Let signal length be $N=256$, and subsampling factor $M=8$. We have:

Before subsampling, x_full has x8 as much energy as x_ref. After, it's x64. So the gain due to aliasing is 64/8=8, or 700%.

To show the effects of aliasing on something in-between, we add a sine to x_ref:

Building the metric

So far we have, without percent conversion, and in terms of $x$ per Parseval-Plancherel's:

$$ \texttt{alias}\{x, M\} = r_\text{after} / r_\text{before} \tag{1} \\ $$

where, and $::M$ is subsampling by $M$,

$$ \begin{align} & r_\text{before} = \|x\|^2 / \|x_\text{ref}\|^2 = \|x\|^2 / (N/M) \tag{2} \\ & r_\text{after} = \|x[::M]\|^2 / \|x_\text{ref}[::M]\|^2 = \|x[::M]\|^2 / (N / M^3)\tag{3} \end{align} $$

A problem, that we can see by considering $x=x_\text{full}$, is that for same $(N/M)$, this scales with $N$. Meaning, it differs across sampling rates. We prefer something between 0% and 100% for all. The scaling is proportional, so normalizing is easy. That, together with percent conversion, yields

$$ \texttt{alias}\{x, M\} = 100 \cdot \frac{r_\text{after} / r_\text{before} - 1}{M - 1} \tag{4} $$

Another problem, for our context, is filter-input phase alignment; the worst case is obtained with bin-by-bin alignment of input with filter, so we do frequency-domain subsampling upon absolute values. The complete closed form is shown in "Full math version" section below, along minimal code. The measure has the following properties:

$$ \begin{align} \texttt{alias}\{x_\text{full}\} &= 100\text{%} \tag{5} \\ \texttt{alias}\{x_\text{ref}\} &= 0\text{%} \tag{6} \\ \end{align} $$

The metric isn't flawless and won't handle certain edge case inputs, but it does work well with practical or otherwise full-band/"normal" signals.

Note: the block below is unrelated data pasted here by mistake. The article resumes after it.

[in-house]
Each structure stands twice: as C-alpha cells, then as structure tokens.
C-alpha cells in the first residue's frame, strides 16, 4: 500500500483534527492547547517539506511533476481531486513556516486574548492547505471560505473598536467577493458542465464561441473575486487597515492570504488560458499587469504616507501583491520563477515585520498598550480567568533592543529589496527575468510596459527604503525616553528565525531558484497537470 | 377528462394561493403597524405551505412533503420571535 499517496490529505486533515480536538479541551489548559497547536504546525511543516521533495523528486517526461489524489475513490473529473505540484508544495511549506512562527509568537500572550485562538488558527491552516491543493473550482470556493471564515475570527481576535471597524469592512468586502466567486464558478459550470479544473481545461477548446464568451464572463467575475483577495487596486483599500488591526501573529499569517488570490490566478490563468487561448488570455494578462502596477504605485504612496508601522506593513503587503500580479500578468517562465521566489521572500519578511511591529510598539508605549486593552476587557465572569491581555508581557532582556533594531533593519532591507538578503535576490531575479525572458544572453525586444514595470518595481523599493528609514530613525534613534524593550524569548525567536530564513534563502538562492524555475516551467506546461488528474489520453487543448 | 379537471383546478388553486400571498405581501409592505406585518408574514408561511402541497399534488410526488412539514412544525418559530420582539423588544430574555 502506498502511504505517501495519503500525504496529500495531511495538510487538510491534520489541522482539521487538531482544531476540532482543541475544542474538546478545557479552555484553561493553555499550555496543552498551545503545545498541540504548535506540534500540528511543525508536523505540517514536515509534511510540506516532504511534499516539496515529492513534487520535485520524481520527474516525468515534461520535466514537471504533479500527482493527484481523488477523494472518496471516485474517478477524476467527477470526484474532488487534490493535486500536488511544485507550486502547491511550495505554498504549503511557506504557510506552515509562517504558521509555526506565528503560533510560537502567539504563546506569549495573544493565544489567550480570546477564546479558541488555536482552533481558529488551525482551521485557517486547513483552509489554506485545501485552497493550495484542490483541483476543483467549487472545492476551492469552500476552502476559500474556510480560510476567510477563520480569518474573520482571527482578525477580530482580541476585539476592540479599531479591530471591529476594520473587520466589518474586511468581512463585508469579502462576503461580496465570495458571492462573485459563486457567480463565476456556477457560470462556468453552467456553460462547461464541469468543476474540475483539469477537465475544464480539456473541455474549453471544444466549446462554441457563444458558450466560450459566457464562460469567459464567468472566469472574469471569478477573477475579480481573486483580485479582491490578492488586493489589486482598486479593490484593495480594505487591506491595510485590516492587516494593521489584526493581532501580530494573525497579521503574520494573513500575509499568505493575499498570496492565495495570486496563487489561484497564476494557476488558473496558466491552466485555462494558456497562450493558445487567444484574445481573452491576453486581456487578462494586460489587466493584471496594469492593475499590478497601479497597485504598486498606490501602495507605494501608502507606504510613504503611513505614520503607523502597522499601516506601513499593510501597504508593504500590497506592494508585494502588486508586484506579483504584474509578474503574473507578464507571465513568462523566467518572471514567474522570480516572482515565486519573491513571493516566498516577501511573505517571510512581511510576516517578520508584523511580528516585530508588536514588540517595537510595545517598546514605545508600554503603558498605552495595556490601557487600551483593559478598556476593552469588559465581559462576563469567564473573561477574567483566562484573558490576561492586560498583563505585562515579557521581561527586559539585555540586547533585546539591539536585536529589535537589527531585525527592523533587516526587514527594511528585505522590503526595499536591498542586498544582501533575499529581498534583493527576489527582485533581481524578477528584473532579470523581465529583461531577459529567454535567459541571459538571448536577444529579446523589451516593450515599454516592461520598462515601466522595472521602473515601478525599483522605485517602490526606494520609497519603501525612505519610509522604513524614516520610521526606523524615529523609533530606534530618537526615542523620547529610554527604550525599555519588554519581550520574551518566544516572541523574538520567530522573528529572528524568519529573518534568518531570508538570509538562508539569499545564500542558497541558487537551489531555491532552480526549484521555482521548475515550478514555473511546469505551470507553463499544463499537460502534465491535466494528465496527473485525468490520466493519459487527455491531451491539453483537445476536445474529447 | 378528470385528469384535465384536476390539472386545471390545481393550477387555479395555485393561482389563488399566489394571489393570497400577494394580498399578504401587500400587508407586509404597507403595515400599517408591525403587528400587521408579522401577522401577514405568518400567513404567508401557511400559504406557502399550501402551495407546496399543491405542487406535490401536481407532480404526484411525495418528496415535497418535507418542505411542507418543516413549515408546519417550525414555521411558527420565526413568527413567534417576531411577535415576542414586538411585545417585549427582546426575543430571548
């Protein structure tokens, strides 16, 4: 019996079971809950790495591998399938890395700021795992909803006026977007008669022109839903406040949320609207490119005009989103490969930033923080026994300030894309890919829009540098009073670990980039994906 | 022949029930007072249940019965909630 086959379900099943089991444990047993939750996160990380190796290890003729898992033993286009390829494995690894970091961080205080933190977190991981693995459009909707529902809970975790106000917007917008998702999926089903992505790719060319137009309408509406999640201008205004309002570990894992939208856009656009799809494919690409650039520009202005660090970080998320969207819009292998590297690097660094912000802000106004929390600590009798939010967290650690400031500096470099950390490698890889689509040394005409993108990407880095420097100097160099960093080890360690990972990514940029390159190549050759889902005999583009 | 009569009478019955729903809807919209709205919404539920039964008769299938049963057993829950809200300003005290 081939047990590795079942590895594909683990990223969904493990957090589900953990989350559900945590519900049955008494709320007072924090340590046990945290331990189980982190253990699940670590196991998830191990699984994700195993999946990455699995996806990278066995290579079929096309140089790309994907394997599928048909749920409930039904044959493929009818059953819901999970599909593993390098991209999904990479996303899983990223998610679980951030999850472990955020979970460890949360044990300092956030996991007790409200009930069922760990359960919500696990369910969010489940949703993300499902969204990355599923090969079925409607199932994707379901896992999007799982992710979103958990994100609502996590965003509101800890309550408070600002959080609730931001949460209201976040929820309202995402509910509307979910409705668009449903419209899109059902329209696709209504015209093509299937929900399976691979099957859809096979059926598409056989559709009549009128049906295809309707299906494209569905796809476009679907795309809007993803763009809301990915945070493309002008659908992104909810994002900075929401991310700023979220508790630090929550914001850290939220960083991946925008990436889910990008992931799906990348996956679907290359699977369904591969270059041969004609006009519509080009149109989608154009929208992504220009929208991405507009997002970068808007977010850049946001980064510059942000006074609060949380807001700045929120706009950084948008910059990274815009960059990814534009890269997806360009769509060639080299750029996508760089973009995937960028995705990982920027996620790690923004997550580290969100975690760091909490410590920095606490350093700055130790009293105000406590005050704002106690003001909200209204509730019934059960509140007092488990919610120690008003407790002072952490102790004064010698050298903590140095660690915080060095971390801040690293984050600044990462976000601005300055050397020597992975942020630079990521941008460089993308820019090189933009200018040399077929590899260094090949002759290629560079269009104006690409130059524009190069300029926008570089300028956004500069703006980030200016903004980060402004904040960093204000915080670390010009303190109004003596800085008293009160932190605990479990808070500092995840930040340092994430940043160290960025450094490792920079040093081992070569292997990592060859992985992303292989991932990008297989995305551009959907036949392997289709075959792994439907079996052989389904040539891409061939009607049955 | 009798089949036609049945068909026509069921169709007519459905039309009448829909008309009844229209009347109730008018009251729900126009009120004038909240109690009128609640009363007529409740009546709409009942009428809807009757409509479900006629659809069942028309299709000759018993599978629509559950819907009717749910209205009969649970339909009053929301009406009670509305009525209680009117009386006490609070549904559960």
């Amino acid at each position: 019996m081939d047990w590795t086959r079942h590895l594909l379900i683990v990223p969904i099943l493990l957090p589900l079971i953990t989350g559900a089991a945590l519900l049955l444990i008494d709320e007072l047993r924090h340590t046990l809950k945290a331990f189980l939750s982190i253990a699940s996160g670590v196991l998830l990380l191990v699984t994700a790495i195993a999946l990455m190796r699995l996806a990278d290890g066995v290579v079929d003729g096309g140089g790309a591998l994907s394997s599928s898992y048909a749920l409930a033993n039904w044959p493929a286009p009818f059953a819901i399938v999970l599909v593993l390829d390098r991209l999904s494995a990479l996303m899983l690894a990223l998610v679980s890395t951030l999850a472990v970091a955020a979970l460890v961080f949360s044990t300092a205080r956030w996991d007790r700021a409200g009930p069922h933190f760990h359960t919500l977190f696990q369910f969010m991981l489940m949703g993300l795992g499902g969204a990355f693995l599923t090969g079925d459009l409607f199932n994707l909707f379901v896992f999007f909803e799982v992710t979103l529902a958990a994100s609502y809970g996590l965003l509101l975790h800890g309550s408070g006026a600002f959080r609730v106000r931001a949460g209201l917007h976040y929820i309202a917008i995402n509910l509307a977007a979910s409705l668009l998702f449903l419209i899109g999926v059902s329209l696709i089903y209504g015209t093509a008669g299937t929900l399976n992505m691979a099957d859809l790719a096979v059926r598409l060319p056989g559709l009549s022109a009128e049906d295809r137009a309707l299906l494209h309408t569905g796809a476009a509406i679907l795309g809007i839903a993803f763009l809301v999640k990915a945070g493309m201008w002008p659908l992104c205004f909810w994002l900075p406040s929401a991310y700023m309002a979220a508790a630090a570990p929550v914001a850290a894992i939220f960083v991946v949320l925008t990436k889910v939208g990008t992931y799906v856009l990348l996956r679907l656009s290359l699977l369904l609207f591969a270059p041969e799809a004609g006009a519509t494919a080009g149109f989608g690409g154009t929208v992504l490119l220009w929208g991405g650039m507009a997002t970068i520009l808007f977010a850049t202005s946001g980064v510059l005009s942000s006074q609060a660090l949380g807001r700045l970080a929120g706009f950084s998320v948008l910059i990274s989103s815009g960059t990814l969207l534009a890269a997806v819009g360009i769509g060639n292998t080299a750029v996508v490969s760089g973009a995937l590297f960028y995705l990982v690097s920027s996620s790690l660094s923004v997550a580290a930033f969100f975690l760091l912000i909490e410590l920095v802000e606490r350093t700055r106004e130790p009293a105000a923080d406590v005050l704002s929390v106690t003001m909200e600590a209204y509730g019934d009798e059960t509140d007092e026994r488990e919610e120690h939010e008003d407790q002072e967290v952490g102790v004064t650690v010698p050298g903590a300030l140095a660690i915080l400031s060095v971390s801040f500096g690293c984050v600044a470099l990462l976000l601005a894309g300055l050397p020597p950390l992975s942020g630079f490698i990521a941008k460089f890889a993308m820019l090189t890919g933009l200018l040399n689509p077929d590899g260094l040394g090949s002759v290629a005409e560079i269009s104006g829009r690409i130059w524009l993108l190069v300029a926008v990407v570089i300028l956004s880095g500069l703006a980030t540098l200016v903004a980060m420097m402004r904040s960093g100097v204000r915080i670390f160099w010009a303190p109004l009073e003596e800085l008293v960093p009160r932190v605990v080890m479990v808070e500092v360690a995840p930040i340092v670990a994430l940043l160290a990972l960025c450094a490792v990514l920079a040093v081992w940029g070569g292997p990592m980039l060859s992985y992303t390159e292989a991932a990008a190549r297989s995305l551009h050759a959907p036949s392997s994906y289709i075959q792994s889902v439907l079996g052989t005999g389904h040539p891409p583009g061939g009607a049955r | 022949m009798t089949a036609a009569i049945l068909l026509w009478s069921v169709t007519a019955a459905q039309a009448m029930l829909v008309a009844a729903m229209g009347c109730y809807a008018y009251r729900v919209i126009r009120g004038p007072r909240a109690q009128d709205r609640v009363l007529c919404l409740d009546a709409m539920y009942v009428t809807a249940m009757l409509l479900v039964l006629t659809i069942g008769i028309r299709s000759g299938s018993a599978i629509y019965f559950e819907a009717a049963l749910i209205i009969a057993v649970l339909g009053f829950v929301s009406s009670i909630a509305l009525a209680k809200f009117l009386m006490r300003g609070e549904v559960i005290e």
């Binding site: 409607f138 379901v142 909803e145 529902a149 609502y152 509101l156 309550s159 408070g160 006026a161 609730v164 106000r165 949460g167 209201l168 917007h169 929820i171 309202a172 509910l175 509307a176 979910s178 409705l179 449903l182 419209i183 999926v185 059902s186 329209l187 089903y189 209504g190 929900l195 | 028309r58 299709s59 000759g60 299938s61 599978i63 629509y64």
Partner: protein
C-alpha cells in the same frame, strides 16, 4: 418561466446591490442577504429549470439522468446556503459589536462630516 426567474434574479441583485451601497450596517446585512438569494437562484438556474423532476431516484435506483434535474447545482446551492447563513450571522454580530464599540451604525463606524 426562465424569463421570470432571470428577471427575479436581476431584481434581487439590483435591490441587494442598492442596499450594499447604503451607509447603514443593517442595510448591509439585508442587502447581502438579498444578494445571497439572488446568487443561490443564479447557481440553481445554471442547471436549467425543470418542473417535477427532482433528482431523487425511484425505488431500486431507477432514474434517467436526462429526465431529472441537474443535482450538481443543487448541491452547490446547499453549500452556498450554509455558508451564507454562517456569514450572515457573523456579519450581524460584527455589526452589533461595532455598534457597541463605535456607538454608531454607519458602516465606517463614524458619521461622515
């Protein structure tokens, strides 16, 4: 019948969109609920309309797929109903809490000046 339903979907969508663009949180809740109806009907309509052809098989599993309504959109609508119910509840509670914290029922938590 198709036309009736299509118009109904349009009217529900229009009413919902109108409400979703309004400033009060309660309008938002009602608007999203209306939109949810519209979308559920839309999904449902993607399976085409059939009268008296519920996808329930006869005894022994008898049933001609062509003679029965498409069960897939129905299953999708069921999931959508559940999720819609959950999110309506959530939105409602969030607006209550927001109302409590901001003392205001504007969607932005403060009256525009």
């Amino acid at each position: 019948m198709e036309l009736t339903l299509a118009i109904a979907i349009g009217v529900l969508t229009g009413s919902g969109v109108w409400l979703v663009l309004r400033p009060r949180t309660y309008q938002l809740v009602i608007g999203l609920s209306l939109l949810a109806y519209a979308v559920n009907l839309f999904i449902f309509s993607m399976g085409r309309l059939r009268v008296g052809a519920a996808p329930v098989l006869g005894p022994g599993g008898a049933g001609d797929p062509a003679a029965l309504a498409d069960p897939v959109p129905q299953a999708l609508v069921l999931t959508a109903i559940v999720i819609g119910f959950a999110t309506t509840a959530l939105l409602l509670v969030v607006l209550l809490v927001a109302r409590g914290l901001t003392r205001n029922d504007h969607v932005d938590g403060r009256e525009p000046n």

Applying the metric

We compare a certain kind of moving average against the Hamming-windowed sinc used by scipy.signal.decimate(ftype='fir'); the moving average is, where $n=[0, 1, ..., N-1]$:

$$ h_M[n] = \begin{cases} 1/M, & -N/M < n \leq N/M \\ 0, & \text{otherwise} \end{cases} $$

or simply, $M$ non-zero samples, as DFT-centered as possible. A motivation is if our filtering stride equals our filter length, i.e. zero overlap. Results, with red horizontal line being the "ideal" reference:

As expected, non-overlapping arithmetic means perform awfully.

To get an idea of what the numbers mean, we compare recovery on each. Do this by filtering with each - that's xfilt; then, subsample xfilt and DFT-upsample it, to get xrecovered. Then, plot xfilt vs xrecovered for each, which will show how faithfully the intended portion of the spectrum is captured after decimating. On white Gaussian noise:

The example isn't cherry-picked, nor is it worst case. In fact it faithfully reflects the average performance on WGN, per 1,000,000 realizations upon $N, M = 256, 8$, according to relative Euclidean distance (see code). The worst case can be found by gradient descent, as I've done in designing my own lowpass filters; I'm not a fan of scipy's decimate in every context.

Full math version + minimal code

$\|\cdot\|^2 = \sum |\cdot|^2$, energy or squared L2 norm. We have

$$ \texttt{alias}\{x, M\} = 100 \cdot \frac{1}{M^2} \cdot \frac{\|x[::M]\|^2 / \|x\|^2 - 1}{M - 1} \tag{7} \\ $$

Using aforementioned and referenced (see $X_\text{sub}$) relations, we have, with $X = \texttt{DFT}\{x\}$:

$$ \texttt{alias}\{x, M\} = \frac{100}{M^4 (M - 1)} \left( \frac{ \sum_{k=0}^{N/M - 1} \left| \sum_{i=0}^{M-1}X[k + \frac{N}{M}i] \right|^2 }{\sum_{k=0}^{N - 1}|X[k]|^2 } - 1\right) \tag{8} $$

However, to account for worst case phase alignment, we instead have